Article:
The Newshub article also quoted National MP Paul Goldsmith that “it would be a “constitutional outrage” if the legislation went ahead in what appeared to be a breach of the Bill of Rights Act.
“If they don’t drop the Bill, the Prime Minister, or at least the Minister of Justice, should front up and explain why they think it’s no longer appropriate that all New Zealanders should have equal power in deciding who governs them.”
Further, Bryce Edwards of the Democracy Project at Victoria University, noted that “A sign of where things might be going can be seen in liberal Māori political commentator Morgan Godfery coming out against the proposed law, effectively siding with National and Act. Last night, just before submissions on the bill closed, Godfery tweeted: “In general, I support Māori wards, but this Bill is so disproportionate in pursuit of its apparent aim that I can’t support it. Parliament should probably vote it down”.
Also, “Public law expert Graeme Edgeler wrote yesterday that the bill is entirely unnecessary in terms of bringing about greater Māori representation on the Rotorua District Council, and that the “Council’s rationale for the bill is non-sensical”, and the effect of the law change is “profoundly contrary to established democratic principles”. He concludes that “the bill is bad, and should not pass”” (Bryce Edwards, The Democracy Project).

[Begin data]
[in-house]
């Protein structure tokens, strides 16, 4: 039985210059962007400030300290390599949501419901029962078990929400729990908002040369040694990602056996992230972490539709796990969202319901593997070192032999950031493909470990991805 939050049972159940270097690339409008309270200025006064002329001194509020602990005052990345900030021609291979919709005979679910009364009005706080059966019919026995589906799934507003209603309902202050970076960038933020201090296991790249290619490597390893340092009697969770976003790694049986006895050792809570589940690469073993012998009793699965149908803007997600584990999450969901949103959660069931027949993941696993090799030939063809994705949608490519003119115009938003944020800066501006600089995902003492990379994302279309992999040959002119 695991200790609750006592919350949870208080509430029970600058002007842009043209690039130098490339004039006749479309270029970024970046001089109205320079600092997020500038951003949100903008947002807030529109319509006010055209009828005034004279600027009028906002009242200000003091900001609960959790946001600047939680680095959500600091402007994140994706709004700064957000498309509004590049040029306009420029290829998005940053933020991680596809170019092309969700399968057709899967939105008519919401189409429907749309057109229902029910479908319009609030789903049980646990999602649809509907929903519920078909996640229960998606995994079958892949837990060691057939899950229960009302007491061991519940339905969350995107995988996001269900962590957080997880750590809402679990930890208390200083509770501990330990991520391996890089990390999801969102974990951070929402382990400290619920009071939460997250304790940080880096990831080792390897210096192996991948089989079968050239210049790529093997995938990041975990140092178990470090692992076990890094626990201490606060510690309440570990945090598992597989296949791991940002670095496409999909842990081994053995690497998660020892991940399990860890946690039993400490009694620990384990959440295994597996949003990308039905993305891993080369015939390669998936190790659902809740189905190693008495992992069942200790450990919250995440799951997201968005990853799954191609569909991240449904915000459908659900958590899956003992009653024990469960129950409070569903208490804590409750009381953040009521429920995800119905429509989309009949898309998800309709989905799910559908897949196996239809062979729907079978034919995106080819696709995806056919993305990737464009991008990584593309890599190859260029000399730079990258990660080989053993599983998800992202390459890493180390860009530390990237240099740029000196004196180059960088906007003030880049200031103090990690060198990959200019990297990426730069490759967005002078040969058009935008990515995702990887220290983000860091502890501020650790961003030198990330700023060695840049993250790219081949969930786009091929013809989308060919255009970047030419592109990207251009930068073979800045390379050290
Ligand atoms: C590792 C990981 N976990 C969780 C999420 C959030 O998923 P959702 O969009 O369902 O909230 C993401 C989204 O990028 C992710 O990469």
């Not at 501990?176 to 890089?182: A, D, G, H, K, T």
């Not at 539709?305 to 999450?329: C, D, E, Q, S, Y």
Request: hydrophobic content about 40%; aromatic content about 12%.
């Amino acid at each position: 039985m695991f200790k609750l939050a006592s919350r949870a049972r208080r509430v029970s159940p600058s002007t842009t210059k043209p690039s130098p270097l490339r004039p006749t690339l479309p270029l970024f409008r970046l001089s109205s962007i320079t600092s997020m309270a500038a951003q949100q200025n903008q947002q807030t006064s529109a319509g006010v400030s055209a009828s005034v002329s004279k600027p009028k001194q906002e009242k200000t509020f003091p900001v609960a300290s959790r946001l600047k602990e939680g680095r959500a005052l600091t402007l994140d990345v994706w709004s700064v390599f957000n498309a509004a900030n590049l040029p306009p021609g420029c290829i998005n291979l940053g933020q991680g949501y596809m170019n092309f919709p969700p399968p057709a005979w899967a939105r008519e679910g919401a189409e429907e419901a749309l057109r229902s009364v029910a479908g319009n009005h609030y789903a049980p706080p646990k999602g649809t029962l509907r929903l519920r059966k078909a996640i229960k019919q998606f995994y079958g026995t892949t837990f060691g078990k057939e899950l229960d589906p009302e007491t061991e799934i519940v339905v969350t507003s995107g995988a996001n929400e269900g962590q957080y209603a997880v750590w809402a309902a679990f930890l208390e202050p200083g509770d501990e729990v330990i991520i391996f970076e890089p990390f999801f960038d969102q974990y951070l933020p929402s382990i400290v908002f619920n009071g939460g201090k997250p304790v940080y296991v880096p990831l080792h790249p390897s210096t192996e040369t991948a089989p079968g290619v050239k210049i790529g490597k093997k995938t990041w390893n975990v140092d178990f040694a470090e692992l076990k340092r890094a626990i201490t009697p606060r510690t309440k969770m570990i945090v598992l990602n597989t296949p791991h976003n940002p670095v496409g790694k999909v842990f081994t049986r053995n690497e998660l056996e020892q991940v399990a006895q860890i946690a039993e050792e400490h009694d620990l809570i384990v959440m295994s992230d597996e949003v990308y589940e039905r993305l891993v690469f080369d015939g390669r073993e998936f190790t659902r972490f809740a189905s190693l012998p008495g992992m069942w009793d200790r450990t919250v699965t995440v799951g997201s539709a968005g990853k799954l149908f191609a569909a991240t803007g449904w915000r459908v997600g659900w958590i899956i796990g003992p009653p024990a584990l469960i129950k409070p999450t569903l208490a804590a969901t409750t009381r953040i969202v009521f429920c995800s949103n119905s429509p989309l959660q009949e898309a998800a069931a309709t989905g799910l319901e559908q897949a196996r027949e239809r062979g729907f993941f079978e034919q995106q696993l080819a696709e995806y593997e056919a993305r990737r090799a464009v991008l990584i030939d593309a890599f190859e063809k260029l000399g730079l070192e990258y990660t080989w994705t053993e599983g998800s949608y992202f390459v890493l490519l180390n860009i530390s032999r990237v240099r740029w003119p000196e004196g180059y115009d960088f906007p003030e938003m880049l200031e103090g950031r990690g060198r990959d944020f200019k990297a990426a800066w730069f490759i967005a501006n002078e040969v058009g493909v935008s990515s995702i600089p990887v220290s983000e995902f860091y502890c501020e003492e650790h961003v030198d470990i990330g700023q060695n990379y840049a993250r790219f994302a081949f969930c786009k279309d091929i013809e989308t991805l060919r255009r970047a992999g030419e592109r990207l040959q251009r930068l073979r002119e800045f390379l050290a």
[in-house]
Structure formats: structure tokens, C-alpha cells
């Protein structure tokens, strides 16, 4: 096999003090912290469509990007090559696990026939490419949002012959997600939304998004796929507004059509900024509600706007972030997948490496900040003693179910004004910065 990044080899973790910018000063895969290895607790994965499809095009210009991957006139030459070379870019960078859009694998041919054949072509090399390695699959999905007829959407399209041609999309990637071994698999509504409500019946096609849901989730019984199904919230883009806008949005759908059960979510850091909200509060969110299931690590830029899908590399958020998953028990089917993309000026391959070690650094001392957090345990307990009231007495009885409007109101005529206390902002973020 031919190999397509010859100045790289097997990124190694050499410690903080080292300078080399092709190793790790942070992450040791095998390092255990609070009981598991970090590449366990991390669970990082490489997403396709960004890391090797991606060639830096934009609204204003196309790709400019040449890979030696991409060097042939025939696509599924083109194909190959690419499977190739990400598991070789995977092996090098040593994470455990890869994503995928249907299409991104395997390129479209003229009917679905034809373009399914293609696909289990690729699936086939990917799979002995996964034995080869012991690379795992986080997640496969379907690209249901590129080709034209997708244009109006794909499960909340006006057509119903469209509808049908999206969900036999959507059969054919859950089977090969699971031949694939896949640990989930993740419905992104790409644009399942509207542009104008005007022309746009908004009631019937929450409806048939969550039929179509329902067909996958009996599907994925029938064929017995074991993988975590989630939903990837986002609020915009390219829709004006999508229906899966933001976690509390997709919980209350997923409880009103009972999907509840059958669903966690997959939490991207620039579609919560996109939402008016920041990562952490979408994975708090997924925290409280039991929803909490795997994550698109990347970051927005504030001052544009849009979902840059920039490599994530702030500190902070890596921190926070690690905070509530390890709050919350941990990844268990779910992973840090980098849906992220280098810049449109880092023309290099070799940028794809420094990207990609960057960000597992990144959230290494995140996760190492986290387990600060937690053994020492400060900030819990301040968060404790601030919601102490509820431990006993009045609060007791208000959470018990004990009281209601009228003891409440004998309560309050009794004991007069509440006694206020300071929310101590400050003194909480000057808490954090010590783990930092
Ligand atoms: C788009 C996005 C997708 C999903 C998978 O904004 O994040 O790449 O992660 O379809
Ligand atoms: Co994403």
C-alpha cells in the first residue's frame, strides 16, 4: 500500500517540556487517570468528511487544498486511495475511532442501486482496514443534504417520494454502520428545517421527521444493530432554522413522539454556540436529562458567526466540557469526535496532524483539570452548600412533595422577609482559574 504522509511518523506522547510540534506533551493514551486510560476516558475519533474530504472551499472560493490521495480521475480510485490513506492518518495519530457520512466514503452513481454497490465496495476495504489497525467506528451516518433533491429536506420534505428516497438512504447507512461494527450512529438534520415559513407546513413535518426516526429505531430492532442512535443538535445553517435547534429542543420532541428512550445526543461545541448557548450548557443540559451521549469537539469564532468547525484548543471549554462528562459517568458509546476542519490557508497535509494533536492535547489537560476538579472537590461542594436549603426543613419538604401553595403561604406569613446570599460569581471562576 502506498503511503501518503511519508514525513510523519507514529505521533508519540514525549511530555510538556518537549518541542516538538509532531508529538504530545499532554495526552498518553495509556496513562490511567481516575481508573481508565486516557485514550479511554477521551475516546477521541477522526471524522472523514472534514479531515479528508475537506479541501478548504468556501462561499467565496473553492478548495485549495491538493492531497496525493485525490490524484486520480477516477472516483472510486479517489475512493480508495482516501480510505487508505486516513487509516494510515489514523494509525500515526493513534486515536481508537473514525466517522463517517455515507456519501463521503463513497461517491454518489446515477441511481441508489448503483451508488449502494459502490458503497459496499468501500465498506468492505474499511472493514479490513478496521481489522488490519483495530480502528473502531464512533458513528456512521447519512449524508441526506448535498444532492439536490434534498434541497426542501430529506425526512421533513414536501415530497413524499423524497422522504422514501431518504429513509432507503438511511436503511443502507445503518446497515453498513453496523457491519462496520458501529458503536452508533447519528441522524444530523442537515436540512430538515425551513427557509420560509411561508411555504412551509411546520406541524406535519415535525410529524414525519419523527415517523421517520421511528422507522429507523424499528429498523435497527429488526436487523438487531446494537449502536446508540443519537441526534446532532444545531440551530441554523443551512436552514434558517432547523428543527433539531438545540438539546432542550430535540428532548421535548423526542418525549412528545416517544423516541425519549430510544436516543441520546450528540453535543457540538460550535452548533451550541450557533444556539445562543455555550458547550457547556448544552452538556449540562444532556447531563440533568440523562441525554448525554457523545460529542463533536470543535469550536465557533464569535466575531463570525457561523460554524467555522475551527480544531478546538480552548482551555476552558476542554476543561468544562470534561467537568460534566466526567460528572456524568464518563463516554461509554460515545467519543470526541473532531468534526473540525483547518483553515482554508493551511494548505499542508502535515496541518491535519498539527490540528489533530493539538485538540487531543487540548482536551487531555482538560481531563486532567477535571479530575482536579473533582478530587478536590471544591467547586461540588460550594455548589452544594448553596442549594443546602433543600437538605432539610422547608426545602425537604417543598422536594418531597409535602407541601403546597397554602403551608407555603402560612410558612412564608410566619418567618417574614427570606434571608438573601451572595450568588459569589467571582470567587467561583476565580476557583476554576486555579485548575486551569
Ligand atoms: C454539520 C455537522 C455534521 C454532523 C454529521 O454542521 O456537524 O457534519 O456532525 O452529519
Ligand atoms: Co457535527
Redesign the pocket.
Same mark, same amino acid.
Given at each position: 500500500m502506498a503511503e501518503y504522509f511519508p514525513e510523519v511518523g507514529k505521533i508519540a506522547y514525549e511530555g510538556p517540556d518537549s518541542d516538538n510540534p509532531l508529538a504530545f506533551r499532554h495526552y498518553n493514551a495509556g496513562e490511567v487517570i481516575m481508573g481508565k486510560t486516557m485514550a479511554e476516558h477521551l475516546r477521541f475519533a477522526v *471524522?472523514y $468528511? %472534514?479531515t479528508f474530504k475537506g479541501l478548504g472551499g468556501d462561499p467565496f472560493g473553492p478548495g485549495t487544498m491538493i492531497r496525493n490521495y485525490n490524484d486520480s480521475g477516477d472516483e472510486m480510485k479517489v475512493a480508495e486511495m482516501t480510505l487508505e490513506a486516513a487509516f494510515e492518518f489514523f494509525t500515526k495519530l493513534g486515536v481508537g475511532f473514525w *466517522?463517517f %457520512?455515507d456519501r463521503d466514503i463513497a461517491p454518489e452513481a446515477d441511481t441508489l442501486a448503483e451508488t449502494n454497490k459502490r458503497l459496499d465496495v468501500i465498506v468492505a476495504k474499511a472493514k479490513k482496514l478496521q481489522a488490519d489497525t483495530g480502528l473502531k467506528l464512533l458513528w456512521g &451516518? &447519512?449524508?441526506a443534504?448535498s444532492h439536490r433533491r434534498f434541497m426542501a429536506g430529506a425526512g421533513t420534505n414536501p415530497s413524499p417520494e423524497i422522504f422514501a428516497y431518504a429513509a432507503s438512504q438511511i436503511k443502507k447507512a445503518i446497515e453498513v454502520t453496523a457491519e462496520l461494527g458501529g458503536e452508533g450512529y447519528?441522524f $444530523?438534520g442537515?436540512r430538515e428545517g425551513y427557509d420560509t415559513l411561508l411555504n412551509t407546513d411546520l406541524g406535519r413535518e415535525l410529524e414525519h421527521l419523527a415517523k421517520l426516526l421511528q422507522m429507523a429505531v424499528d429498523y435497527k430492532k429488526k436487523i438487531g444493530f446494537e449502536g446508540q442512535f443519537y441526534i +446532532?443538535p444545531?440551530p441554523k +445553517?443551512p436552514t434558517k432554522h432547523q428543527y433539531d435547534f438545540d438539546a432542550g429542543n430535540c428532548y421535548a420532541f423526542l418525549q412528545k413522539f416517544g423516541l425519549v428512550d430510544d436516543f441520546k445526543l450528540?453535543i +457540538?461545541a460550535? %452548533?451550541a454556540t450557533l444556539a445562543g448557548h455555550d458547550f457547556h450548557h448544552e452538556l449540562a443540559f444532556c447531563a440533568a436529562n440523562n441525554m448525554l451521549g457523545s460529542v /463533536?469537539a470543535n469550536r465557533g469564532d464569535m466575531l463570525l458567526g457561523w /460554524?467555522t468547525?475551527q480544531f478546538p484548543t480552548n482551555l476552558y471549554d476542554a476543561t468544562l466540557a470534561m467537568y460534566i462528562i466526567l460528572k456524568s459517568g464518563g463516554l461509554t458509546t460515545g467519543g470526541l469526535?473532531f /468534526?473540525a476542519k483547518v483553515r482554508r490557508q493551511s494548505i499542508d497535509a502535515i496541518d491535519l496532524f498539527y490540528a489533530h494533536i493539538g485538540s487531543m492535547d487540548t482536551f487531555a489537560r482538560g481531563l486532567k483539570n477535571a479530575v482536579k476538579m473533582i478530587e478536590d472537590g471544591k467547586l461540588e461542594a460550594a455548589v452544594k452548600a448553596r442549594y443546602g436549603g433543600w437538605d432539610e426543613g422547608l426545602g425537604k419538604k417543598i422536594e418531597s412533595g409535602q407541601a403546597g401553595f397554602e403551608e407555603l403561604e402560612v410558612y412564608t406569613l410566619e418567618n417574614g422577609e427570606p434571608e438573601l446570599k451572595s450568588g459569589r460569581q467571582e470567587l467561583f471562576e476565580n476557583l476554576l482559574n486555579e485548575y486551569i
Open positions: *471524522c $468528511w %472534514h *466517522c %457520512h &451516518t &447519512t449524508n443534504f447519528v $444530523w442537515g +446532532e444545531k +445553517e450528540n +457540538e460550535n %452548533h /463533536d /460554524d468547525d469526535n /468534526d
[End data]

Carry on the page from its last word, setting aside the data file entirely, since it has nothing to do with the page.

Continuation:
Yet, the proponent of this bill, Labour’s Tamati Coffey, stated in parliament that this is a mere tweak of democracy, (a gross understatement) and that we have become too embedded to something that is Greek and defined by the English Westminster system. He obviously does not like the concept of democracy, because simply put, this bill actually reverses all the principles of democracy, of one person, one vote.
Slowly but surely, democracy in New Zealand is being eroded. The concept of one person, one vote, is being clearly attacked by this government and its supporters. It is coming in the guise of co-governance. David Seymour has openly criticised the concept of co-governance and what it means for New Zealand and democracy. Yet, some journalists have attacked David Seymour as a racist, without considering the wider, deeper, and troubling aspects of co-governance. One of these critics is Tova O’Brien. She openly rants in her opinion piece dated 28 March 2022, about racism and the impacts of colonialism over the last 182 years, and how this has impacted Māori. She attacks David Seymour for wanting a referendum on what the Treaty stands for, and by extension, what co-governance means (note, I am neither for or against a referendum on this matter). She is looking backwards, and not forwards. Essentially, her argument is about perceived racism and not the wider political implications of co-governance that could affect both non-Māori and Māori alike, and what this means for democracy.